New Project Touts ‘Fifth C’

In an unusual partnership, a nongovernmental organization, an Antwerp diamond group, and a worker’s union are joining forces in a project designed to give consumers extra confidence when buying diamonds.

The three groups—Global Witness, the ICEM union, and a usually low-profile Antwerp group, the Federation of Dealers in Diamonds and Colored Stones—have unveiled a plan to create a “fifth C” assurance program run by a new, independent group, the Bureau of Minerals and Gemology (BMG). BMG will issue “Fifth C” stamps that guarantee diamonds are natural and untreated, “non-conflict,” and produced in humane working conditions without child labor or forced labor.

Diamond companies that use the stamp will be audited regularly by independent bodies to ensure they are complying with the group’s requirements. The stones may be sold with computer chips that contain pictures of where the stone was mined and manufactured.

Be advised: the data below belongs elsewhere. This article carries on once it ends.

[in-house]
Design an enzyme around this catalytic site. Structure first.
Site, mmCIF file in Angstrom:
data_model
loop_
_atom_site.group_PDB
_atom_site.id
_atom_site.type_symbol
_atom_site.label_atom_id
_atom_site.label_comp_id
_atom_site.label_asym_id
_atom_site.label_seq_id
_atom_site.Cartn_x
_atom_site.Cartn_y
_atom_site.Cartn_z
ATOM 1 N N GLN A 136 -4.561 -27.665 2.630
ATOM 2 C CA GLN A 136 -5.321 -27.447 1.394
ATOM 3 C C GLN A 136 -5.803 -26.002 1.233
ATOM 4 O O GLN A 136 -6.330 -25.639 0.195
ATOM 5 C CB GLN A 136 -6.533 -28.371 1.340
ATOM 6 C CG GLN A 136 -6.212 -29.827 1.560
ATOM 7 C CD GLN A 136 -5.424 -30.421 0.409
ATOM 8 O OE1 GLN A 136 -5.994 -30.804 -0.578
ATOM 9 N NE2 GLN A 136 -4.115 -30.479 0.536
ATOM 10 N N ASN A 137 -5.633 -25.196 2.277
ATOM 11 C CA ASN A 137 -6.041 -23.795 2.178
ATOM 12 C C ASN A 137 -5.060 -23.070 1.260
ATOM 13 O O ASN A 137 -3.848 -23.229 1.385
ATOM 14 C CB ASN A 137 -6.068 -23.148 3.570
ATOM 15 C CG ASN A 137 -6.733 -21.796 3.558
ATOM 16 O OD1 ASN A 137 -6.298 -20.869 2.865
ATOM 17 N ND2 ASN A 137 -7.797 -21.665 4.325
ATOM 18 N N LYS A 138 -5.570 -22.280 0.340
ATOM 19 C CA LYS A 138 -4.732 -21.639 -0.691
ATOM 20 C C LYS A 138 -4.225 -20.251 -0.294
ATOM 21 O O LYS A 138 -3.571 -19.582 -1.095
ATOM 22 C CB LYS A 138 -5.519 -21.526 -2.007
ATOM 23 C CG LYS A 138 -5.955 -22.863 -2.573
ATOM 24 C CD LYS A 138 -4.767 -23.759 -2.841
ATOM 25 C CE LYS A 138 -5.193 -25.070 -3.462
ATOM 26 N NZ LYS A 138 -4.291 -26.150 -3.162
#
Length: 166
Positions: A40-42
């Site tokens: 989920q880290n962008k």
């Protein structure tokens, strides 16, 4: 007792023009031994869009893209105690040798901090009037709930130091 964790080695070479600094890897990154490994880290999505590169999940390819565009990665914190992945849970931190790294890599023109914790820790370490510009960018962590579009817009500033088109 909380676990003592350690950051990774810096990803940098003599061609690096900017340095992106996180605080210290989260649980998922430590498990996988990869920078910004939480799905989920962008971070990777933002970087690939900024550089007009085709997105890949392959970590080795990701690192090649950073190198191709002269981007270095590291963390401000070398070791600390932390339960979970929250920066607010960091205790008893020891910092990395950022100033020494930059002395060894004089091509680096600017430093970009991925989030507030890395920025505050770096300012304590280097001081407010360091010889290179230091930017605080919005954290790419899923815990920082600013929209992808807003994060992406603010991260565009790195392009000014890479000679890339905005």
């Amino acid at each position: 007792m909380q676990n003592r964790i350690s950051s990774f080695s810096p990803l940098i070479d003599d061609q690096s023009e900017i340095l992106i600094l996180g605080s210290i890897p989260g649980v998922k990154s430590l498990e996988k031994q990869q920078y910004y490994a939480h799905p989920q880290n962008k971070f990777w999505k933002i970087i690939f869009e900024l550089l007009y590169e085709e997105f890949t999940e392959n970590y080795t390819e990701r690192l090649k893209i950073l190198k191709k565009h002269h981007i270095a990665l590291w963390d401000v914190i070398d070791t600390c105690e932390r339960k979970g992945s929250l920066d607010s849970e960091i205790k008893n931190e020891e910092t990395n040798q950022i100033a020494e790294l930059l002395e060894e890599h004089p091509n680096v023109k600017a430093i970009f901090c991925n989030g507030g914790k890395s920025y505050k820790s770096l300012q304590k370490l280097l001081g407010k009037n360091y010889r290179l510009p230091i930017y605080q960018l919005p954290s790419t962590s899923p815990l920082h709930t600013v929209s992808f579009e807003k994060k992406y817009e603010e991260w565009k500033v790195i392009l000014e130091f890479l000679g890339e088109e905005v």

“There are 20 pages of code that companies must sign,” notes Eddy Vleeschdrager, president of the Federation of Diamond and Precious Stone Dealers.

Scientists from Belgium’s University of Louvain have been enlisted to design the system and work on its implementation, he says.

The actual finished program “is quite a long way away,” notes Global Witness’s Alex Yearsley, who says he wants to involve other NGOs that work on issues like child labor.

Some in the industry, particularly in Antwerp, were less than pleased with the program, noting that the industry already has provisions to ensure stones are non-conflict and produced in humane conditions.

“You have one individual who is putting himself forward as a white knight,” said one local official. “It makes it seem like the industry is not working on these things, when the industry has been making tremendous efforts toward solving these problems.”

But Vleeschdrager says he’s willing to work with other groups and notes that mining companies and associations in the United States already have expressed interest. And he sees BMG as a way for the industry to “clear its name.”

“This is the 21st century,” he says. “Some countries are still working like it’s the Middle Ages. The diamond business needs another mentality.

“When my parents and grandparents started in the business, they were the first ones to give holidays and health insurance. We were on top of social evolution. Now we are on the bad side, and we must clear this as soon as possible.”